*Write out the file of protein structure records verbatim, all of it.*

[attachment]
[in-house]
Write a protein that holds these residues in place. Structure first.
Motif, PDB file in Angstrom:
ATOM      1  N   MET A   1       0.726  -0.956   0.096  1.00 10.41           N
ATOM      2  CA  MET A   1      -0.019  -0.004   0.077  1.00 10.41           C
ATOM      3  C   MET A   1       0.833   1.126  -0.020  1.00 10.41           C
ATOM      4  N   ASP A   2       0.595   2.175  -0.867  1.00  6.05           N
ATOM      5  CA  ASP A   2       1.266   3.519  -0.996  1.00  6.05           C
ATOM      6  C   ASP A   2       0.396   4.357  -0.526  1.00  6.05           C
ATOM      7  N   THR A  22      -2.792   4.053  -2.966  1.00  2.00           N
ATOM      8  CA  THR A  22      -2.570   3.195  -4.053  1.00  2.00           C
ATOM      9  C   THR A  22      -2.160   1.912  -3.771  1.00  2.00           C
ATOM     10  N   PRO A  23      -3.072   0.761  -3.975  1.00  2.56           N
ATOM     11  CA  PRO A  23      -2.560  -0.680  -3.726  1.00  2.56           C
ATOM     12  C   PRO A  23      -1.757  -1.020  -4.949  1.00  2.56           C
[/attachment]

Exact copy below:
[in-house]
Write a protein that holds these residues in place. Structure first.
Motif, PDB file in Angstrom:
ATOM      1  N   MET A   1       0.726  -0.956   0.096  1.00 10.41           N
ATOM      2  CA  MET A   1      -0.019  -0.004   0.077  1.00 10.41           C
ATOM      3  C   MET A   1       0.833   1.126  -0.020  1.00 10.41           C
ATOM      4  N   ASP A   2       0.595   2.175  -0.867  1.00  6.05           N
ATOM      5  CA  ASP A   2       1.266   3.519  -0.996  1.00  6.05           C
ATOM      6  C   ASP A   2       0.396   4.357  -0.526  1.00  6.05           C
ATOM      7  N   THR A  22      -2.792   4.053  -2.966  1.00  2.00           N
ATOM      8  CA  THR A  22      -2.570   3.195  -4.053  1.00  2.00           C
ATOM      9  C   THR A  22      -2.160   1.912  -3.771  1.00  2.00           C
ATOM     10  N   PRO A  23      -3.072   0.761  -3.975  1.00  2.56           N
ATOM     11  CA  PRO A  23      -2.560  -0.680  -3.726  1.00  2.56           C
ATOM     12  C   PRO A  23      -1.757  -1.020  -4.949  1.00  2.56           C